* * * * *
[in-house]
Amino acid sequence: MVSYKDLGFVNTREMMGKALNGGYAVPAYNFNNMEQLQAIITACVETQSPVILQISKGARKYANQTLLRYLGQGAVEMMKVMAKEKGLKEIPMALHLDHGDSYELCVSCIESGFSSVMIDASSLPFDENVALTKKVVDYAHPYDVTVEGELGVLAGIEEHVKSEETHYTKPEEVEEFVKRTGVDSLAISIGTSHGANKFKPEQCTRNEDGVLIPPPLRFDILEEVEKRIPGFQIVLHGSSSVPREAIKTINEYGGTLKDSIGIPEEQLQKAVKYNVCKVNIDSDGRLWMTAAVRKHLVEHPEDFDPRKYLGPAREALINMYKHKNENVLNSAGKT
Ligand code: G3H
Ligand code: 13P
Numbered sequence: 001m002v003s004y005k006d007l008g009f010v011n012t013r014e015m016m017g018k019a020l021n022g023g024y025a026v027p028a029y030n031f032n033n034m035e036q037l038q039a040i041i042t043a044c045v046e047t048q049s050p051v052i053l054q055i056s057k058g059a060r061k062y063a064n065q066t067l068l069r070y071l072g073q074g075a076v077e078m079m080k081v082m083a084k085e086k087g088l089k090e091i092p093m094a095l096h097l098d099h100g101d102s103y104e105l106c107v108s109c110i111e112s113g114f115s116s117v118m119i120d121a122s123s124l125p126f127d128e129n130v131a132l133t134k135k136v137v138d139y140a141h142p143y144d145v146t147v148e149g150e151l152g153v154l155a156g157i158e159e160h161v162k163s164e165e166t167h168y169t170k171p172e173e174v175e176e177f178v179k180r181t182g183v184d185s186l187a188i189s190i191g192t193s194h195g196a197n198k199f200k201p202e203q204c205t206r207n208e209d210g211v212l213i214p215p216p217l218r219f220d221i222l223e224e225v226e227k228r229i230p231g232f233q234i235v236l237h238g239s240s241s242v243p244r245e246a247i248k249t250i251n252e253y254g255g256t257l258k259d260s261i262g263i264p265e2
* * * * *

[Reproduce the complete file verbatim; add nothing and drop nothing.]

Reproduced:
[in-house]
Amino acid sequence: MVSYKDLGFVNTREMMGKALNGGYAVPAYNFNNMEQLQAIITACVETQSPVILQISKGARKYANQTLLRYLGQGAVEMMKVMAKEKGLKEIPMALHLDHGDSYELCVSCIESGFSSVMIDASSLPFDENVALTKKVVDYAHPYDVTVEGELGVLAGIEEHVKSEETHYTKPEEVEEFVKRTGVDSLAISIGTSHGANKFKPEQCTRNEDGVLIPPPLRFDILEEVEKRIPGFQIVLHGSSSVPREAIKTINEYGGTLKDSIGIPEEQLQKAVKYNVCKVNIDSDGRLWMTAAVRKHLVEHPEDFDPRKYLGPAREALINMYKHKNENVLNSAGKT
Ligand code: G3H
Ligand code: 13P
Numbered sequence: 001m002v003s004y005k006d007l008g009f010v011n012t013r014e015m016m017g018k019a020l021n022g023g024y025a026v027p028a029y030n031f032n033n034m035e036q037l038q039a040i041i042t043a044c045v046e047t048q049s050p051v052i053l054q055i056s057k058g059a060r061k062y063a064n065q066t067l068l069r070y071l072g073q074g075a076v077e078m079m080k081v082m083a084k085e086k087g088l089k090e091i092p093m094a095l096h097l098d099h100g101d102s103y104e105l106c107v108s109c110i111e112s113g114f115s116s117v118m119i120d121a122s123s124l125p126f127d128e129n130v131a132l133t134k135k136v137v138d139y140a141h142p143y144d145v146t147v148e149g150e151l152g153v154l155a156g157i158e159e160h161v162k163s164e165e166t167h168y169t170k171p172e173e174v175e176e177f178v179k180r181t182g183v184d185s186l187a188i189s190i191g192t193s194h195g196a197n198k199f200k201p202e203q204c205t206r207n208e209d210g211v212l213i214p215p216p217l218r219f220d221i222l223e224e225v226e227k228r229i230p231g232f233q234i235v236l237h238g239s240s241s242v243p244r245e246a247i248k249t250i251n252e253y254g255g256t257l258k259d260s261i262g263i264p265e2